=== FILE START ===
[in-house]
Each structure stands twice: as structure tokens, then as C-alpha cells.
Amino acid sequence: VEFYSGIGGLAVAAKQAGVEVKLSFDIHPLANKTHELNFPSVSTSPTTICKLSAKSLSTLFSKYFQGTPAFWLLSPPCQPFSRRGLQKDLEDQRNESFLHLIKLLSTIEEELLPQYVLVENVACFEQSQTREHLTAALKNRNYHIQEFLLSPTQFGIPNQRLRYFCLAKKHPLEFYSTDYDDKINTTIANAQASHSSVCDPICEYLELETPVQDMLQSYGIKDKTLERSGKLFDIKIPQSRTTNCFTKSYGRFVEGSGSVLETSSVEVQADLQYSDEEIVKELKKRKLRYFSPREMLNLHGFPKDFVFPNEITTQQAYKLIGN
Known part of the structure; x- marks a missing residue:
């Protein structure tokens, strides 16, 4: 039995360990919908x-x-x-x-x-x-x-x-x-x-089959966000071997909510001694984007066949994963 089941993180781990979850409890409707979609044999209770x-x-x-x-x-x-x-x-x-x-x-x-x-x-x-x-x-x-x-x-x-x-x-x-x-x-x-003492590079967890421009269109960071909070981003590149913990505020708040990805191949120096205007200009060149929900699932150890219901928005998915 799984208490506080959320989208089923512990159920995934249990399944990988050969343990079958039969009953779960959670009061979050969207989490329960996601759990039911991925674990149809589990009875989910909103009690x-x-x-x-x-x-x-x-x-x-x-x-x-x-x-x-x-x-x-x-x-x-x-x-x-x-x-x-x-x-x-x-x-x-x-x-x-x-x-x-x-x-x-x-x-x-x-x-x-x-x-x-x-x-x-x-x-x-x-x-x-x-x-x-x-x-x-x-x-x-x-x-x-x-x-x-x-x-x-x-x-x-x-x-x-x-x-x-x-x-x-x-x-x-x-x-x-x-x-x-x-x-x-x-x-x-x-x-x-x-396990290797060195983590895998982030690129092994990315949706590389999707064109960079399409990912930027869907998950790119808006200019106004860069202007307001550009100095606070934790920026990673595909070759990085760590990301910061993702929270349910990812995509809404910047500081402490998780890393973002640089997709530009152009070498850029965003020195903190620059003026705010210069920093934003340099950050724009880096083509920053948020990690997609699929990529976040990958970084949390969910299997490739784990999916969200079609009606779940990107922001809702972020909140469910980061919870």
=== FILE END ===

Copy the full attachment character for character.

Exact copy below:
[in-house]
Each structure stands twice: as structure tokens, then as C-alpha cells.
Amino acid sequence: VEFYSGIGGLAVAAKQAGVEVKLSFDIHPLANKTHELNFPSVSTSPTTICKLSAKSLSTLFSKYFQGTPAFWLLSPPCQPFSRRGLQKDLEDQRNESFLHLIKLLSTIEEELLPQYVLVENVACFEQSQTREHLTAALKNRNYHIQEFLLSPTQFGIPNQRLRYFCLAKKHPLEFYSTDYDDKINTTIANAQASHSSVCDPICEYLELETPVQDMLQSYGIKDKTLERSGKLFDIKIPQSRTTNCFTKSYGRFVEGSGSVLETSSVEVQADLQYSDEEIVKELKKRKLRYFSPREMLNLHGFPKDFVFPNEITTQQAYKLIGN
Known part of the structure; x- marks a missing residue:
């Protein structure tokens, strides 16, 4: 039995360990919908x-x-x-x-x-x-x-x-x-x-089959966000071997909510001694984007066949994963 089941993180781990979850409890409707979609044999209770x-x-x-x-x-x-x-x-x-x-x-x-x-x-x-x-x-x-x-x-x-x-x-x-x-x-x-003492590079967890421009269109960071909070981003590149913990505020708040990805191949120096205007200009060149929900699932150890219901928005998915 799984208490506080959320989208089923512990159920995934249990399944990988050969343990079958039969009953779960959670009061979050969207989490329960996601759990039911991925674990149809589990009875989910909103009690x-x-x-x-x-x-x-x-x-x-x-x-x-x-x-x-x-x-x-x-x-x-x-x-x-x-x-x-x-x-x-x-x-x-x-x-x-x-x-x-x-x-x-x-x-x-x-x-x-x-x-x-x-x-x-x-x-x-x-x-x-x-x-x-x-x-x-x-x-x-x-x-x-x-x-x-x-x-x-x-x-x-x-x-x-x-x-x-x-x-x-x-x-x-x-x-x-x-x-x-x-x-x-x-x-x-x-x-x-x-396990290797060195983590895998982030690129092994990315949706590389999707064109960079399409990912930027869907998950790119808006200019106004860069202007307001550009100095606070934790920026990673595909070759990085760590990301910061993702929270349910990812995509809404910047500081402490998780890393973002640089997709530009152009070498850029965003020195903190620059003026705010210069920093934003340099950050724009880096083509920053948020990690997609699929990529976040990958970084949390969910299997490739784990999916969200079609009606779940990107922001809702972020909140469910980061919870």